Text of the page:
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The coronavirus isn’t going away, but we’re still going to be OK

“When will the pandemic end?” many people have asked themselves. Nearly two years of COVID-19 circulating globally has taken a stark toll on many people’s health, both physical and mental. In the face of this tragic event, it is understandable to wonder when and how we might rid the earth of the virus and be able to go “back to normal.”

However, this is the truth: the virus likely won’t be eradicated — at least, not in the near future. To date, only one infectious disease has been completely wiped from existence in humans: smallpox, an ancient virus that originated around 3 BC and was declared eradicated in 1980 BCE. Even immediately before the COVID-19 pandemic, the world contended with many viruses.

But we can coexist with COVID-19 too, and here’s why:

Experts say that the COVID-19 pandemic is predicted to become endemic. This means that rather than spanning the globe in an uncontrollable spread, local outbreaks will significantly lessen in both size and frequency and occur at a much slower pace. Immunologist Yonaton Grad says,

“The expectation that COVID-19 will become endemic essentially means that the pandemic will not end with the virus disappearing; instead, the optimistic view is that enough people will gain immune protection from vaccination and from natural infection such that there will be less transmission and much less COVID-19-related hospitalization and death, even as the virus continues to circulate.”

As Dr. Grad states, immunity is the key to turning a pandemic endemic, and history bears witness to this fact. In fact, today’s common cold was born in its own serious pandemic nearly 100 years ago. Viral descendants of the 1918 influenza pandemic, an avian-borne H1NI influenza spread that killed an estimated minimum of 50 million people worldwide, still circulate today. Because medicine has advanced and people continuously both naturally acquired immunity and, once it became possible in 1945, got vaccinated, the H1N1 influenza family of viruses now poses a significantly reduced threat to global public health.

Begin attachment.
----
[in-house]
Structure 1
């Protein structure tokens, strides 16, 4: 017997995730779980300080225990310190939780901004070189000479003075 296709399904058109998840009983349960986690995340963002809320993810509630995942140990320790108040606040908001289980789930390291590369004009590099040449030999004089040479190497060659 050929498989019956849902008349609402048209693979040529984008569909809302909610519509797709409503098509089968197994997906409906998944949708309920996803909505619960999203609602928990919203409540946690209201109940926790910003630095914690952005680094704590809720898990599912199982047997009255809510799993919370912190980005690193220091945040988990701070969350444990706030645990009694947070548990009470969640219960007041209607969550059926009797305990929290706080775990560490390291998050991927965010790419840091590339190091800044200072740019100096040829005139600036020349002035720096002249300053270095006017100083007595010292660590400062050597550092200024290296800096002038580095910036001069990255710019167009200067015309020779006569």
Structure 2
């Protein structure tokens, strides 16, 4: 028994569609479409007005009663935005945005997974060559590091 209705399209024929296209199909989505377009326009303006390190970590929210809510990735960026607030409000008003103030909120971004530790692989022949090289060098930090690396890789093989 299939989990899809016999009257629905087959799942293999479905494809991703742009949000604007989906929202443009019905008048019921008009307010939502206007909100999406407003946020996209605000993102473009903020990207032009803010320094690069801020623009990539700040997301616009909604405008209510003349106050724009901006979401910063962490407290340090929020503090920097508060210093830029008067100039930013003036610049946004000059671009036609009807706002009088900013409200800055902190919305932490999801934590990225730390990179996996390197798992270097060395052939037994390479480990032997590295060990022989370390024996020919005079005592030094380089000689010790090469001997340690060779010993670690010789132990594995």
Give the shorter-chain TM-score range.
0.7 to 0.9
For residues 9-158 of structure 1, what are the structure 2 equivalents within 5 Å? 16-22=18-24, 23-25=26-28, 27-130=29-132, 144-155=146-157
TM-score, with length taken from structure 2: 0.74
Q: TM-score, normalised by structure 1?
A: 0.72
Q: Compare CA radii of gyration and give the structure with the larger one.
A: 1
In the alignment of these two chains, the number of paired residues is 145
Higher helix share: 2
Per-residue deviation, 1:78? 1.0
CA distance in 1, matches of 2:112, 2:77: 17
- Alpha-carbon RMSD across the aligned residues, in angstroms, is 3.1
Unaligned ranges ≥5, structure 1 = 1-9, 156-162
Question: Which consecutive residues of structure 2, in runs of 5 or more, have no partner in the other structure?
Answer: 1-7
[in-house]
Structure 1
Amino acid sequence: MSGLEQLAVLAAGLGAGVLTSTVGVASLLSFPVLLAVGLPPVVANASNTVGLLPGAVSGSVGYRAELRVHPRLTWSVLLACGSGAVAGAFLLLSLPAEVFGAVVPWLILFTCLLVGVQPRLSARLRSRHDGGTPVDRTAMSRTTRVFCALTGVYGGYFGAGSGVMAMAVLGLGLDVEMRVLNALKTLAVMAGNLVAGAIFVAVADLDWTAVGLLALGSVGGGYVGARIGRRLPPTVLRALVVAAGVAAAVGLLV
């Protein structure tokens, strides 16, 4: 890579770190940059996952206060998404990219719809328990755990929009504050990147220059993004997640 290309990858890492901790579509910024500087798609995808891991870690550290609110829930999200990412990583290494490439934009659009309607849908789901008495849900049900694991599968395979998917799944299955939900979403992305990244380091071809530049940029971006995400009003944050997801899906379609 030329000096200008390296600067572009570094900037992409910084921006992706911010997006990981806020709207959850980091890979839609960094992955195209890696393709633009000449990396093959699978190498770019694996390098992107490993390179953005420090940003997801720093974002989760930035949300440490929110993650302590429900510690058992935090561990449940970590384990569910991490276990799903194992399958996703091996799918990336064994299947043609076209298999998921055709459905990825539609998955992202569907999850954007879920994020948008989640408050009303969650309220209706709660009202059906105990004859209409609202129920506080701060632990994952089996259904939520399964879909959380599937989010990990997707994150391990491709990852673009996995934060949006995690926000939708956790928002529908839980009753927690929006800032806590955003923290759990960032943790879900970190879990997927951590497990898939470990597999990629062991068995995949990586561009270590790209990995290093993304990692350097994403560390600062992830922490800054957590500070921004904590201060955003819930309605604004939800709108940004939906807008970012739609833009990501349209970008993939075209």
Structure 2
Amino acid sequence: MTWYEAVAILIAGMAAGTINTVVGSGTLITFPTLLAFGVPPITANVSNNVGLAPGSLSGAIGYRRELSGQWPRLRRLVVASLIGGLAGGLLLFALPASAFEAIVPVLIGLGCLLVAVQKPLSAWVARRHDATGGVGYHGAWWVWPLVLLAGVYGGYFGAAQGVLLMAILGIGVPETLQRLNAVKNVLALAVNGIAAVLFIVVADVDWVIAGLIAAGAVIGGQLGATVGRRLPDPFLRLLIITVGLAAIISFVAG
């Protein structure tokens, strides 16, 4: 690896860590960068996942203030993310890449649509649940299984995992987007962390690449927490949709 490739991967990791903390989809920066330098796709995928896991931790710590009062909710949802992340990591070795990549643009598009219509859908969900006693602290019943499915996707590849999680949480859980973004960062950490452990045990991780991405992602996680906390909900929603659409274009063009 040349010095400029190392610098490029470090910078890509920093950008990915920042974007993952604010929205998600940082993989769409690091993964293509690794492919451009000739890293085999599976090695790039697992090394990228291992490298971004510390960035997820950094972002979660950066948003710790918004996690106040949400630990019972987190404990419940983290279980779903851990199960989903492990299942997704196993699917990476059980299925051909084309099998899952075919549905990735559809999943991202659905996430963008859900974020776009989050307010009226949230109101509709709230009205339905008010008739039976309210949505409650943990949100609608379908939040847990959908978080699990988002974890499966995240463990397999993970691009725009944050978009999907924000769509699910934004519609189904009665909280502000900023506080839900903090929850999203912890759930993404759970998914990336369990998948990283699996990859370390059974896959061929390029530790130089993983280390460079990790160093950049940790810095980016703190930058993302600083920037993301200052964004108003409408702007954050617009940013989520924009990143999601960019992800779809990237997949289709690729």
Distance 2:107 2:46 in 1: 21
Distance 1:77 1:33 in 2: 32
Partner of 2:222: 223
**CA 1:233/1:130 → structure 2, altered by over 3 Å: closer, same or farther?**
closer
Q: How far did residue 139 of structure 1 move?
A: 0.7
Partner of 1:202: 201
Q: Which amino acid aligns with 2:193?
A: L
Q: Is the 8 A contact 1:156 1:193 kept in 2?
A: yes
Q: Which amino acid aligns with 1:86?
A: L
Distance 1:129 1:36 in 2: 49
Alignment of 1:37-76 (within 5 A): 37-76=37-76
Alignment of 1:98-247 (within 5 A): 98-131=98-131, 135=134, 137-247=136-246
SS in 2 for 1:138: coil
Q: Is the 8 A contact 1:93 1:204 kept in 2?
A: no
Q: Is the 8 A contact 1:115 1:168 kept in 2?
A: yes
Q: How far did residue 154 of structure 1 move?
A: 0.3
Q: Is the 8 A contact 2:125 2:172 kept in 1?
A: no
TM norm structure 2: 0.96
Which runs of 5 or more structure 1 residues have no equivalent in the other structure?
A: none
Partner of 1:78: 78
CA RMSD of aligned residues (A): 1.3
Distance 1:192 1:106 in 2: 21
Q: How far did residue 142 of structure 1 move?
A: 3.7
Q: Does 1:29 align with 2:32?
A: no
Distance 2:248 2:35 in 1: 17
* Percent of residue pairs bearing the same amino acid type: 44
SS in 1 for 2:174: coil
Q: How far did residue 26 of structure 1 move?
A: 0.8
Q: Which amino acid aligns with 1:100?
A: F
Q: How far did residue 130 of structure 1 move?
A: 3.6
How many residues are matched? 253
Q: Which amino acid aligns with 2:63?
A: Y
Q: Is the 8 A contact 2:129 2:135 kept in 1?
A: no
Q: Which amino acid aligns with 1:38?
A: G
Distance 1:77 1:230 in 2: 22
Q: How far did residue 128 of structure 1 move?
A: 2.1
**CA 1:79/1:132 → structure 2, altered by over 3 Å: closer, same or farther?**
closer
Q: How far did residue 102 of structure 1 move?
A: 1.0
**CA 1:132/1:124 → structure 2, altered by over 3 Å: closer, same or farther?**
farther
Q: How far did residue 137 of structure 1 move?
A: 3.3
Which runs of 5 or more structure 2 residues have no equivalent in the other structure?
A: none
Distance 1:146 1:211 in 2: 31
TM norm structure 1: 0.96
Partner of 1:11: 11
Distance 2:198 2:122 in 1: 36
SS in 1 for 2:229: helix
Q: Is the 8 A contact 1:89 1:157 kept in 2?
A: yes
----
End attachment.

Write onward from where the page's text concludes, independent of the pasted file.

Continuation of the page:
While it took 27 years following the 1918 Pandemic for an influenza vaccine to be developed, a COVID-19 vaccine was proved safe and effective in the United States about a year after the pandemic began. Countries such as Russia utilized vaccination even sooner. With vaccination made available one year in rather than 27, there is even greater hope that COVID-19 deaths are declining and will continue to decline significantly in the years to come, and that people will be able to once again enjoy aspects of pre-COVID-19 life.

The weakening of COVID-19 is not enough to peacefully coexist with it. Even though the common cold (and likewise, a mild case of COVID-19) is not severe for most people, it can severely impact many, including elders and immunocompromised people. The pandemic has instilled in us the habits of mask-wearing and social distancing when these measures are most necessary, and those at higher risk for severe illness from a weakened COVID-19 infection may benefit from the actions of those around them. Some measures of mask-wearing and social distancing, in addition to good personal hygiene practices, may still be necessary for the foreseeable future to ensure that every person — regardless of health status — has the best chance of living a full and happy life.

The pandemic has made people conscious of their health and the health of others around them. This consciousness, combined with vaccine efforts, might not make the virus go away, but it will make the pandemic livable. While it is paramount to validate that the COVID-19 pandemic is devastating and has caused loss beyond words, we can also consider that, as humanity continues to face global crises such as climate change, the importance of the medical and humanitarian collaboration the pandemic has caused will not soon be forgotten.